Originally published April 7 2011
Strawberries may prevent esophageal cancer
by S. L. Baker, features writer
(NaturalNews) According to the National Cancer Institute, about 16,700 new cases of esophageal cancer were diagnosed last year -- and about 14,500 people died from the disease. Obviously, there's no easy cure for this often fatal malignancy. So, as with any disease, it's much better to prevent getting it in the first place.
But how? Mainstream medicine pushes Big Pharma drugs called H2 blockers and proton pump inhibitors (PPIs) to calm gastroesophageal reflux disease (GERD) in hopes of preventing Barrett's esophagus, a complication of GERD that ups the risk for esophageal cancer. But these meds are loaded with potential side effects and there's no strong evidence they really prevent cancer.
However, a new study provides evidence there may be a natural and tasty way to not only lower the odds of developing esophageal cancer but to halt and perhaps reverse the progression of precancerous lesions.
The powerful and delicious substance? Strawberries, especially the freeze-dried variety.These findings were just presented for the first time at the American Association for Cancer Research's (AACR) 102nd Annual Meeting 2011, held in Orlando.
"We concluded from this study that six months of eating strawberries is safe and easy to consume. In addition, our preliminary data suggests that strawberries can decrease histological grade of precancerous lesions and reduce cancer-related molecular events," said lead researcher Tong Chen, M.D., Ph.D., assistant professor, division of medical oncology, department of internal medicine at Ohio State University. Dr. Chen is also a member of the Molecular Carcinogenesis and Chemoprevention Program in Ohio State University's Comprehensive Cancer Center.
She pointed out that esophageal cancer is the third most common gastrointestinal cancer and the sixth most frequent cause of cancer death in the world. Dr. Chen and her research team are zeroing in on esophageal squamous cell carcinoma (SCC) which accounts for 95 percent of cases of esophageal cancer worldwide.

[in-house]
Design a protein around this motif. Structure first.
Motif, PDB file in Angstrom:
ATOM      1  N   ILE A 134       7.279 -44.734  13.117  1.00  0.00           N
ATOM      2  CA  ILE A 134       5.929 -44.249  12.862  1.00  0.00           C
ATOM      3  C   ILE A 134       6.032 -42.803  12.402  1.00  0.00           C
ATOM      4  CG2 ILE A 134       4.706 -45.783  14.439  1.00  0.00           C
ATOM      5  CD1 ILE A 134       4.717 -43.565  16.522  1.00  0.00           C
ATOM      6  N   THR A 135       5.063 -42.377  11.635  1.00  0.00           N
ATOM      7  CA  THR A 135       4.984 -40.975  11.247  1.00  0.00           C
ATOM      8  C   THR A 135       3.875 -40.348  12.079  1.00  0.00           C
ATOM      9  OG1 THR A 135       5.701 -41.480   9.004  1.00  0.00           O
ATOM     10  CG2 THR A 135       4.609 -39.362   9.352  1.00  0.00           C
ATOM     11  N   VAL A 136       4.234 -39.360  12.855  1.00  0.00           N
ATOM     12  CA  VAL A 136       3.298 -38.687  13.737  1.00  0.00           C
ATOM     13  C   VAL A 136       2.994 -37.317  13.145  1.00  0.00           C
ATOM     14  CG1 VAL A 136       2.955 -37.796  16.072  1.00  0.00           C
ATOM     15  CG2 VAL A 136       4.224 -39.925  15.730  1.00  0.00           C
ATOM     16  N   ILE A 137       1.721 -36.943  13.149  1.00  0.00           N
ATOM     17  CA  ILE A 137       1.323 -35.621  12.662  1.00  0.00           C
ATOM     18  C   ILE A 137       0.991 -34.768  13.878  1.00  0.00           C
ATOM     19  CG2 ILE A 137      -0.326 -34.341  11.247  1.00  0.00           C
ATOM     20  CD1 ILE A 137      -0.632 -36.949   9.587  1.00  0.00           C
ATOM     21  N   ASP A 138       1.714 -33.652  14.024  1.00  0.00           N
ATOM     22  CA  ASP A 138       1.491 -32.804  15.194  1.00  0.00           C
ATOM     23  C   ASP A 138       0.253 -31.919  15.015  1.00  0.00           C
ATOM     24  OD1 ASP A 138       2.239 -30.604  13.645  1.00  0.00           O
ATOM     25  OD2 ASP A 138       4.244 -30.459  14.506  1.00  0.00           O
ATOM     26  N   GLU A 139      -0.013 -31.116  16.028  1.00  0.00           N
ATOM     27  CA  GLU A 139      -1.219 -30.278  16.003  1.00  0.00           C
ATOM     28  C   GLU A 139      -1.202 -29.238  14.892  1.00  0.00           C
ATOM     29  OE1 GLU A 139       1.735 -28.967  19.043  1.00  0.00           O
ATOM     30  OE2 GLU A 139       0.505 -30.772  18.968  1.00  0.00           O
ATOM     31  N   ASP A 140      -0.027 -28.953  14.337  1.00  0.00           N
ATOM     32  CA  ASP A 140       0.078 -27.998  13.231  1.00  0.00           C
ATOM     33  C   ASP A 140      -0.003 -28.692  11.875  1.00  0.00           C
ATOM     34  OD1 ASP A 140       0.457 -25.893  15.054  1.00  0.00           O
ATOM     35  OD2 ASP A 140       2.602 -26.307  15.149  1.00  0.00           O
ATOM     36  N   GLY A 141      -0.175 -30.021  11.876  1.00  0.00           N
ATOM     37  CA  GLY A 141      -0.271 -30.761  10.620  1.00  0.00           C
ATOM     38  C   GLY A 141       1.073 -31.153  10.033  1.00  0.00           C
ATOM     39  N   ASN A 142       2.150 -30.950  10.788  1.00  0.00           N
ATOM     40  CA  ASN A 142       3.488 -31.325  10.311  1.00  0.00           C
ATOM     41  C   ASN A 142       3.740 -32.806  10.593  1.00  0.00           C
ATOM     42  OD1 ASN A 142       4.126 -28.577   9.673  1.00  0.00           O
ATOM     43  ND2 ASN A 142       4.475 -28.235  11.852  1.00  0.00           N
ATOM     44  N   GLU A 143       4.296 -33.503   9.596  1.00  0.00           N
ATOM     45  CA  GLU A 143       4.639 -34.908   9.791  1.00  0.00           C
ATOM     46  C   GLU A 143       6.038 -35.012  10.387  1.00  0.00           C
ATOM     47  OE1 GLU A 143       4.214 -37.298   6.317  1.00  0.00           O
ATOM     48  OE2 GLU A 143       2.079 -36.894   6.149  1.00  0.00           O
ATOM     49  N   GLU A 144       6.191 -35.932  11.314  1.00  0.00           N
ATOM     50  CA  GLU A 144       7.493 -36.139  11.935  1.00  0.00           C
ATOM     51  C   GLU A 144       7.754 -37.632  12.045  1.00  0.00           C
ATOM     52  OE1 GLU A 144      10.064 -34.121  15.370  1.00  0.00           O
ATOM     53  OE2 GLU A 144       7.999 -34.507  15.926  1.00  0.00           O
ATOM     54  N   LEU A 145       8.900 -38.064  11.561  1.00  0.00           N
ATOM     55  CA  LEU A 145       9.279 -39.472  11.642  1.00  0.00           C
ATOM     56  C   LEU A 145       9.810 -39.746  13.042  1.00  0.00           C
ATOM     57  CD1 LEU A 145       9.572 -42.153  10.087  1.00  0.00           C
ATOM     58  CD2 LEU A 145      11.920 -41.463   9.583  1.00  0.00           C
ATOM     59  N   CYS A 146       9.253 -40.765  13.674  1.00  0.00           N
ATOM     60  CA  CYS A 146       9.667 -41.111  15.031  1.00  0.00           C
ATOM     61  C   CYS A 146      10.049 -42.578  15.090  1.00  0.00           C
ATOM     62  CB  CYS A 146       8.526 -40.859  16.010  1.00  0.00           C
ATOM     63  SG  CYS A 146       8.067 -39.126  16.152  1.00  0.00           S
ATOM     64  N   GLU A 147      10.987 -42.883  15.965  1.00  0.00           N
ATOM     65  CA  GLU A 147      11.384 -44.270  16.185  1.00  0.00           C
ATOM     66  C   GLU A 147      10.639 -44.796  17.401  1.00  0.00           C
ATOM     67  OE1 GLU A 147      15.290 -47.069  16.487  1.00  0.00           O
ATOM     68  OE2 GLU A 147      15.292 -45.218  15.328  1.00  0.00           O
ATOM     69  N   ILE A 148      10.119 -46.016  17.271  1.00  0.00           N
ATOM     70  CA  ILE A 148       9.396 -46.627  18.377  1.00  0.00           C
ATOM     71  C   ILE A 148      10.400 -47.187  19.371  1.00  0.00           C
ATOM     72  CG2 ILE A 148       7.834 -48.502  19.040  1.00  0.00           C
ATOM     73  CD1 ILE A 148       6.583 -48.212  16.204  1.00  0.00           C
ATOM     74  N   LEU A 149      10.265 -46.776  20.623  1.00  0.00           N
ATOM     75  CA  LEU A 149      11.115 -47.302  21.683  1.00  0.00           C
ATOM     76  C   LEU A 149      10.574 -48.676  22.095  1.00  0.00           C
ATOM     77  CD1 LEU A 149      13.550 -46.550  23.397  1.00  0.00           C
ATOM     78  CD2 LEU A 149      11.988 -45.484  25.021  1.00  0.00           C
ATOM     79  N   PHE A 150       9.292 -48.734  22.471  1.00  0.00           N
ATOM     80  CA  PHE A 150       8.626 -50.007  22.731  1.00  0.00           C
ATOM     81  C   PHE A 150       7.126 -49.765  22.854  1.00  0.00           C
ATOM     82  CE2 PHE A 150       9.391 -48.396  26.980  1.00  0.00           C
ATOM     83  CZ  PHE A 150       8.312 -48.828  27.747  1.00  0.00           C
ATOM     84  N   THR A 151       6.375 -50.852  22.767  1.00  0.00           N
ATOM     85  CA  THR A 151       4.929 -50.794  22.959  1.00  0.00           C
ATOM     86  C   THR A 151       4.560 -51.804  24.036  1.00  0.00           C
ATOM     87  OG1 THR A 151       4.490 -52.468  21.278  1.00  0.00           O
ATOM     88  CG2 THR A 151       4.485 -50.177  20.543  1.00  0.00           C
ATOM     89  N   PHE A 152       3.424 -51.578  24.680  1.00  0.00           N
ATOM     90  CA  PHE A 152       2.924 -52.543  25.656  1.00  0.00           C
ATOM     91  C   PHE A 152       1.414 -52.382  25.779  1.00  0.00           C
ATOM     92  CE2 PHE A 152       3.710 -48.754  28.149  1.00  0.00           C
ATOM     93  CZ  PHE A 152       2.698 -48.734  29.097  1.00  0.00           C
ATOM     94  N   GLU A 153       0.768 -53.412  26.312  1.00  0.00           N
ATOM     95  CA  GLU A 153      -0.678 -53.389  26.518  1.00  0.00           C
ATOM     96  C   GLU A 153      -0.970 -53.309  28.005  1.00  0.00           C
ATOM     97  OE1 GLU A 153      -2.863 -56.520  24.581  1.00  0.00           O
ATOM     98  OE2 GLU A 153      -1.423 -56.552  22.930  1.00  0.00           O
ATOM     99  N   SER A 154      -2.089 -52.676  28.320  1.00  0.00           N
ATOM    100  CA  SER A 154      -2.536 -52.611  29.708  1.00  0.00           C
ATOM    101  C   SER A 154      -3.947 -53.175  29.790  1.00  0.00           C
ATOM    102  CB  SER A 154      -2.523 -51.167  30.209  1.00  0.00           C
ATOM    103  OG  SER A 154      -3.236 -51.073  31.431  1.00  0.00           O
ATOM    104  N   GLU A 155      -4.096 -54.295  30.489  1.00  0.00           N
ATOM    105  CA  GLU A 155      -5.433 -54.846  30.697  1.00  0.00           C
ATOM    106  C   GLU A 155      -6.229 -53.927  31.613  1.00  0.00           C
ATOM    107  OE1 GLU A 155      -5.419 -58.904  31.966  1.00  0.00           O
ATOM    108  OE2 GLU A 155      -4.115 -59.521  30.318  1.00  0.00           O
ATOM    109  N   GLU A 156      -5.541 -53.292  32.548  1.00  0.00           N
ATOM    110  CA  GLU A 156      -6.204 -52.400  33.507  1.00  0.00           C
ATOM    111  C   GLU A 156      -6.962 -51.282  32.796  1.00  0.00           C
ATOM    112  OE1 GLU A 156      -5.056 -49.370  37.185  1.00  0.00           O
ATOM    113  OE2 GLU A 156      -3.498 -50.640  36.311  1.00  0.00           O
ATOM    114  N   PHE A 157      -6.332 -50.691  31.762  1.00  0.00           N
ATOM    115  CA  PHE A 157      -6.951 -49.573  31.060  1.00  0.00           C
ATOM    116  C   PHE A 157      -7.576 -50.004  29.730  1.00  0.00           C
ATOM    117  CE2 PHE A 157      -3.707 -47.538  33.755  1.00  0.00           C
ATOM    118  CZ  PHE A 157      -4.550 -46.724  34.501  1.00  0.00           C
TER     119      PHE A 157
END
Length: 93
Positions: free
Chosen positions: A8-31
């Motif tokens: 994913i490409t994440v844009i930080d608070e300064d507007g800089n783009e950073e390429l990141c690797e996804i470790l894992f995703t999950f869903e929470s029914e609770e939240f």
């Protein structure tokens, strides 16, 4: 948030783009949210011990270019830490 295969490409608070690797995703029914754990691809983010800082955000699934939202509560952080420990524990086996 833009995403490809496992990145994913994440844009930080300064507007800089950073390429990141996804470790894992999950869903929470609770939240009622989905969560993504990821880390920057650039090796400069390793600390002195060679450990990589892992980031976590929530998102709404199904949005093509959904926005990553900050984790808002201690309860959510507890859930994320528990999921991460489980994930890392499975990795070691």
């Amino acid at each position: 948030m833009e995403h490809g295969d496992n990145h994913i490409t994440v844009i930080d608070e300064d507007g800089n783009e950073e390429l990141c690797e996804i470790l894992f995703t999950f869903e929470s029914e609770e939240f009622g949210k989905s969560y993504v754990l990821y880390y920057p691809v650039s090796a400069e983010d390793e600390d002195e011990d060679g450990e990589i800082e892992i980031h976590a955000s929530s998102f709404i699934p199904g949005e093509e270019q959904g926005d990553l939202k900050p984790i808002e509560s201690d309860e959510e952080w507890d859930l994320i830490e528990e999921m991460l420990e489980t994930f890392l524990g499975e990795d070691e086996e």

In earlier research, Dr. Chen's research team discovered that freeze-dried strawberries significantly inhibited esophageal tumor development in rats. For the new study, the scientists launched a trial which included participants with esophageal precancerous lesions who were at high risk for developing full-blown esophageal cancer.
The research subjects consumed 60 grams of freeze-dried strawberries every day for six months. Freeze-dried strawberries were used because, by removing the water from the berries, the natural cancer-preventive substances in the strawberries soared by nearly 10-fold, according to Dr. Chen.
Biopsies were taken before and after the six months of strawberry consumption. The results showed that 29 out of 36 participants experienced a decrease in the histological grade of their precancerous esophageal lesions during the time they ate the strawberries.
"Our study is important because it shows that strawberries may slow the progression of precancerous lesions in the esophagus. Strawberries may be an alternative or work together with other chemopreventive drugs for the prevention of esophageal cancer," Dr. Chen stated.
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